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Wild aloe   

Aloe ferox

  • 4 plantings
  • 0 for swap
  • 0 wanted
  • 2 stashed

Wild aloe is part of the Aloe genus and its scientific name is Aloe ferox. The ferox part of this plant's botanical name means 'very thorny'.

Drought-tolerant; suitable for xeriscaping. Aloe ferox is listed as endangered on the CITES list 2. Aloe ferox is a succulent that is quite adaptible to a wide range of habitats – on mountain slopes, rocky places and flat, open areas4. It shows a remarkable adaptability in terms of rainfall and flourishes in both extremely dry areas and in relatively wet parts4.

An attractive form of Aloe ferox found in Kwazulu-Natal (South Africa), particularly between the midlands and the coast in the Umkomaas and Umlaas river catchment areas. This used to be known as A. candelabrum and has subsequently been included in the species1.

This variety typically blooms in the following colours:   Ferrari Red and   Dutch orange.

It is a flowering succulent and is treated mainly as an evergreen, so it retains its leaves throughout the year.

Expect blooming to occur in early winter.

If you would like to attract butterflies, bees and birds to your garden, consider growing this plant.

South Africa is believed to be where Wild aloe originates from.

Wild aloe is great for inexperienced gardeners and those that like low maintainance gardens.

This plant info is provided by the myfolia gardener's wiki. All details about Wild aloe have been kindly provided by our members.

How to grow Wild aloe

  • Full Sun

  • Very Low

Requires well-drained, poor, slightly acidic soil and full sun. Frost protection is essential1.

The plant can be grown on a variety of soils, including sandy, loamy sands, and silty loams that are moderately fertile and well drained4. Waterlogged, saline and alkaline soils are unsuitable for aloe cultivation4.

Position in a full sun location and remember to water very sparingly. Use Zone 9 - Zone 11 as your guideline for the appropriate climate for this plant. Wild aloe requires a sandy, loamy and silty soil with a ph of 6.1 - 7.8 - it grows best in weakly acidic soil - weakly alkaline soil. Keep in mind when planting that Wild aloe is thought of as half hardy, so remember to protect this plant from frosts and low temperatures.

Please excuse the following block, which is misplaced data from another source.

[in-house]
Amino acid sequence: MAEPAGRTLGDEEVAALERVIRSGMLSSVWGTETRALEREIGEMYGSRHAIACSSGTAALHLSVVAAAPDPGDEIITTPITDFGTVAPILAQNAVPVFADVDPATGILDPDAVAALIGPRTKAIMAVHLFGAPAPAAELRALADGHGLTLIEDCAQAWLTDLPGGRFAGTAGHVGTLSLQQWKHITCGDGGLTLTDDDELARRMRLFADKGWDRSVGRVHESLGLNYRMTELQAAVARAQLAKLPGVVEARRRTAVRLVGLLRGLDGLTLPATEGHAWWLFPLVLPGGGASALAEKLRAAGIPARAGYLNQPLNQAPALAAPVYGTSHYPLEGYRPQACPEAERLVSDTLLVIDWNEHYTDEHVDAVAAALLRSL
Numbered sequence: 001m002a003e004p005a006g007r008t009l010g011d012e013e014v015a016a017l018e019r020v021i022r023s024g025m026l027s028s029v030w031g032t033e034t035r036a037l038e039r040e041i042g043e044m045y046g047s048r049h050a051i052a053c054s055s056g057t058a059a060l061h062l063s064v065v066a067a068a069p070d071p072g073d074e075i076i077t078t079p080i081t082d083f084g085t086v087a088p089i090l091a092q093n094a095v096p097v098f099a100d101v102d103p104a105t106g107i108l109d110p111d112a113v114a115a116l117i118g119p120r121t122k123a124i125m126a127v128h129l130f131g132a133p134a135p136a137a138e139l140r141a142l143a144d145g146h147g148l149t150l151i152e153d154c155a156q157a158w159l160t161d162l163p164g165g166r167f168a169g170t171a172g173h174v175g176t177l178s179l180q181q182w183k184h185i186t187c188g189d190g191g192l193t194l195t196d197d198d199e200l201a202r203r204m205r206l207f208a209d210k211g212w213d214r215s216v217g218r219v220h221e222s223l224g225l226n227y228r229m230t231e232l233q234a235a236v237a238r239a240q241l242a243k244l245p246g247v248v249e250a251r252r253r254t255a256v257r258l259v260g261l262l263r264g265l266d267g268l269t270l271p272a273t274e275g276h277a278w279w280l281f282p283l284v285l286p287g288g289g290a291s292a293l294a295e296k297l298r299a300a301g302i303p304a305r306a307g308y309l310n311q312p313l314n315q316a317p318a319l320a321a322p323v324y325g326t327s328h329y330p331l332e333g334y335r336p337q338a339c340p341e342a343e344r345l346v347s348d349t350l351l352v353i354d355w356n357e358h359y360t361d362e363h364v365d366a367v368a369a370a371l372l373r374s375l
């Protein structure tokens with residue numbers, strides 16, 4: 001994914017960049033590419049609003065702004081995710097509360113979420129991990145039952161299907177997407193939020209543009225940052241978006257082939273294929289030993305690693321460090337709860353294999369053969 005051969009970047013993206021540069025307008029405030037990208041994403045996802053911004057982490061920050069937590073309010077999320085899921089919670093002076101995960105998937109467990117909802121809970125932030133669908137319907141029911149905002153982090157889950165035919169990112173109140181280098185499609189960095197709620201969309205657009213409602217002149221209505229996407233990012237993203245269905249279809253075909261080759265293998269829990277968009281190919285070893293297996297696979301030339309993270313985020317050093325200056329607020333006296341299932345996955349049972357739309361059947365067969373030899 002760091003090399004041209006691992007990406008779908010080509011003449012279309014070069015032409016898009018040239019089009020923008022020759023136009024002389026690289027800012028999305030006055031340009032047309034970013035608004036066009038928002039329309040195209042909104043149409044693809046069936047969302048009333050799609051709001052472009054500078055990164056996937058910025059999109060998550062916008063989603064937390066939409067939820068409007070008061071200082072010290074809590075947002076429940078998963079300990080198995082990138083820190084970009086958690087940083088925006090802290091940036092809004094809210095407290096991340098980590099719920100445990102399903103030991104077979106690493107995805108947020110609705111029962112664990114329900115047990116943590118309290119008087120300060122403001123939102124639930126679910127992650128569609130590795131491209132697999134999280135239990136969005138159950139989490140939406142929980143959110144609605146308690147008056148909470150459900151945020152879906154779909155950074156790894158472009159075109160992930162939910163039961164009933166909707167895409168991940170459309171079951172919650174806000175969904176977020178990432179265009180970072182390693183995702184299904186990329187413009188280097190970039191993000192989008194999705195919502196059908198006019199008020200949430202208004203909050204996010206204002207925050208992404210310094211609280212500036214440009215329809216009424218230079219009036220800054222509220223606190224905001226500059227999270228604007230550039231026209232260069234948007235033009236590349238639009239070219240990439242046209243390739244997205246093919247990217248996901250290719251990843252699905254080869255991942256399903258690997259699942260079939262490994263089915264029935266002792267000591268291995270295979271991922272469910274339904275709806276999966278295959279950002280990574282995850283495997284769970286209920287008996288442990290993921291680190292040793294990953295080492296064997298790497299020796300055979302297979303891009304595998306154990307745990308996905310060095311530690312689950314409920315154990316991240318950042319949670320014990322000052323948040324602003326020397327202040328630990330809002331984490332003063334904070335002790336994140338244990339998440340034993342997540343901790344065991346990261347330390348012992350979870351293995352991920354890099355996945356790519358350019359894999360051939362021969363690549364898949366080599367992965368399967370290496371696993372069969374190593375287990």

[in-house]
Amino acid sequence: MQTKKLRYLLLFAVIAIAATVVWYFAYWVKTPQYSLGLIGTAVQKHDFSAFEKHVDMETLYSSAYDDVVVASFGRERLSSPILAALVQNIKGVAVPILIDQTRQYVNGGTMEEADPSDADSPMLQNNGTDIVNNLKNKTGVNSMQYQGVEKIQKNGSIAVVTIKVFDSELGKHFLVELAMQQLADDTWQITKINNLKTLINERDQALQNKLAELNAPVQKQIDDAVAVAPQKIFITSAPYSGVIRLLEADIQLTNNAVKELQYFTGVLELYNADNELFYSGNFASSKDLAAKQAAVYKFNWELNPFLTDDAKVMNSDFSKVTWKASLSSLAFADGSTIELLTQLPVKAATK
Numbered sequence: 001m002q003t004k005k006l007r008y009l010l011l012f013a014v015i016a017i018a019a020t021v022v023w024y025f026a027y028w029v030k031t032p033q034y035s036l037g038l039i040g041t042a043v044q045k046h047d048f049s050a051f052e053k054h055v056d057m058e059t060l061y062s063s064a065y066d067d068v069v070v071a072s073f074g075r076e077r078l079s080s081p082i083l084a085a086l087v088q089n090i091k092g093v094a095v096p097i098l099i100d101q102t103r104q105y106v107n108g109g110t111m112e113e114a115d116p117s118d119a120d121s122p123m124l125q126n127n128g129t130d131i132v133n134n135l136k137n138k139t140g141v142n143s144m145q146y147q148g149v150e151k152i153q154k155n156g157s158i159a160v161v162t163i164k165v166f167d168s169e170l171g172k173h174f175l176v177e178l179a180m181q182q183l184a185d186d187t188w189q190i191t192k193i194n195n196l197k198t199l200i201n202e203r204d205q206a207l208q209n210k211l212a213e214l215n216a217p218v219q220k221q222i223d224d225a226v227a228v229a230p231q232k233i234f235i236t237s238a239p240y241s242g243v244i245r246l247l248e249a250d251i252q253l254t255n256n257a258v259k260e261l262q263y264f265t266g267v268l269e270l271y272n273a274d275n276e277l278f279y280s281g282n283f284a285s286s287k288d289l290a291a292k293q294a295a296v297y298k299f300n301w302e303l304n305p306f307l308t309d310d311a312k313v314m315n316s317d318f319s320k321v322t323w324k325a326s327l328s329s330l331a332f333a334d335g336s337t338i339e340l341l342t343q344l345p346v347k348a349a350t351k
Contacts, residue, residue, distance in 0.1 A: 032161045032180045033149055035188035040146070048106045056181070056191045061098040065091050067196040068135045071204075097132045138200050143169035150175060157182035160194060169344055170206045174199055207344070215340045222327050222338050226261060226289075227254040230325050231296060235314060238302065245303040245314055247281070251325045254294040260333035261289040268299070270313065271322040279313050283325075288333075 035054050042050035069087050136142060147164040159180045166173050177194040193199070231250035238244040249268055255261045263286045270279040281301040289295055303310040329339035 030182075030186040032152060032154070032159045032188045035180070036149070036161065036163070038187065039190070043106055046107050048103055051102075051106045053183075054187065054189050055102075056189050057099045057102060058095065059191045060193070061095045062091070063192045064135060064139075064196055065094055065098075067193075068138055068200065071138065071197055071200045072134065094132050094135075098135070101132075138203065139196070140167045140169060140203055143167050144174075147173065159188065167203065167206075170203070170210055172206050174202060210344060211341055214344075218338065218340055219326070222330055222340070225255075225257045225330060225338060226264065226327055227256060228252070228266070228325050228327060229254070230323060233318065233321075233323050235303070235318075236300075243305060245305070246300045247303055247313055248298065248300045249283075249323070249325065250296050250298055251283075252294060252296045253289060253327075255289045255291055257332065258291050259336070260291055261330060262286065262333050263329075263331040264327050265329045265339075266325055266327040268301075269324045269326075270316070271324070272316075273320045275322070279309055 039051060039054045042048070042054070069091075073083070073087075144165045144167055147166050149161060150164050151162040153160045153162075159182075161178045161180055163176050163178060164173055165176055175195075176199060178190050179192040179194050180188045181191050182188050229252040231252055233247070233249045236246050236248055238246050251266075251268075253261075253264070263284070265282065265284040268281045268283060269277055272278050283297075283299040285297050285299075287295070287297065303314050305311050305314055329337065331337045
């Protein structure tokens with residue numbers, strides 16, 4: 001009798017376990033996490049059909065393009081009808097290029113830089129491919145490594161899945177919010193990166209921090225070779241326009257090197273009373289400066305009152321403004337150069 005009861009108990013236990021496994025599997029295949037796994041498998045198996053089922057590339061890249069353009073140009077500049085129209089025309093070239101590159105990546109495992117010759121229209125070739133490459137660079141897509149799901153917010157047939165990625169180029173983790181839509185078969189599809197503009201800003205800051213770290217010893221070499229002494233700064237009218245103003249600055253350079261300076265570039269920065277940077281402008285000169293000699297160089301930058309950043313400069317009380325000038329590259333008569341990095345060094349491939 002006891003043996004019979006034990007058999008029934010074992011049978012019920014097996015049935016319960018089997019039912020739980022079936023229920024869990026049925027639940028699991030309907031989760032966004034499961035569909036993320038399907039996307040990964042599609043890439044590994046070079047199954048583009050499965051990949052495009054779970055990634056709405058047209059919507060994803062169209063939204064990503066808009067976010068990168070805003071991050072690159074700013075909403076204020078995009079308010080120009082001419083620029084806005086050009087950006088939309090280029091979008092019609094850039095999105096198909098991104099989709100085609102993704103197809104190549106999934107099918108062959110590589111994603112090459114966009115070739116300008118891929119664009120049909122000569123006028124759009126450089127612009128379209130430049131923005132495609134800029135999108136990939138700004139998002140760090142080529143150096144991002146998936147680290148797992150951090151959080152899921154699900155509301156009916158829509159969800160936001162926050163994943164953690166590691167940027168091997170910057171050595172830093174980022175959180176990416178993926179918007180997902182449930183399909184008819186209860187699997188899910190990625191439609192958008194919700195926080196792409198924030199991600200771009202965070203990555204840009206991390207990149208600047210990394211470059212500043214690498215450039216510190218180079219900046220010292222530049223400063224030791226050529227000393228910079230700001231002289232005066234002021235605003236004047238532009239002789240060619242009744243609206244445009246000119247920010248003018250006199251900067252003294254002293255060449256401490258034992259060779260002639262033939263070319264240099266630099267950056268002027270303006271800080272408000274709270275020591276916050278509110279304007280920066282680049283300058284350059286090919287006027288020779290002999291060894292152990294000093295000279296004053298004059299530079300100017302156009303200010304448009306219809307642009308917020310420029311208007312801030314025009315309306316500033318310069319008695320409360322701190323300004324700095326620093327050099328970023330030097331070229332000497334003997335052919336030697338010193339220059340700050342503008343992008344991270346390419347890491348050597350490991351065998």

See our list of companion Plants for Wild aloe to see which plants you should plant in close proximity to encourage growth.

Growing Wild aloe from seed

The bitter aloe may be grown from seed. Be aware that aloes will hybridise with any other aloe flowering at the same time, so propagation by division is the only reliable way of ensuring a true plant 1. Sow seed in a well drained medium in shallow trays and cover lightly with sand or the seed will blow away. Once the seeds begin to germinate, keep moist but watch out for overwatering as the seedlings could rot.

Transplanting Wild aloe

Transplant into small pots or bags (1 kg bags) once they are about 4cm high (approximately 6 months), or once they have 3 or 4 leaves4. The best time for transplanting young plants is spring or early summer. Mature plants can be transplanted at any time, provided they receive sufficient water 1. Transplant into a well-drained mixture of sand and compost and after two years they can be planted out into an open ground. About 15-18 cm long root suckers or rhizome cuttings should be planted in such a way that a two-third portion of the planting material is underneath the soil4.

Ensure that temperatures are mild (minimum night temperatures should be around 12°C / 54°F) and all chance of frost has passed before planting out, as Wild aloe is a half hardy plant.

Harvesting Wild aloe

Remove the dead flower heads to keep the plant looking neat.

Seed Saving Wild aloe

Aloe ferox can be propagated from seed or stem cuttings4. Seeds should be collected in winter or spring, and treated with a fungicide4. Aloes will cross-pollinate, so your collected seed may not be true to type.

How long does Wild aloe take to grow?

These estimates for how long Wild aloe takes to sprout, grow and harvest are from real observations from real gardeners, right around the world.

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Wild aloe Etymology

The genus name Aloe is derived from the Arabic, Alloch or Alloeh1, and translated as Allal in Greek and Hebrew, meaning “shining bitter substance”, which describes aloe sap5. The species name is from the Latin ferox meaning “very thorny”, referring to the large thorns that cover the leathery edges of the leaves4.

Other names for Wild aloe

Cape Aloe, Aloe ferox, Bitter Aloe, Red Aloe, Bitteraalwyn (Afrikaans), Bergaalwyn (Afrikaans), Inhlaba, Ikhala, Tap Aloe, Alligator Jaw Aloe

Aloe ferox Mill., Aloe candelabrum,

Latest Wild aloe Reviews

Footnotes

1 :The South African Gardener’s Survival Manual, by Ann Bonar; First published 1985

2 Wikipedia entry on Aloe ferox

3 :Growing Herbs with Margaret Roberts; First published 1985

4 South African Department of Agriculture, Forestry and Fisheries brochure on Aloe ferox

5 Aloe Vera

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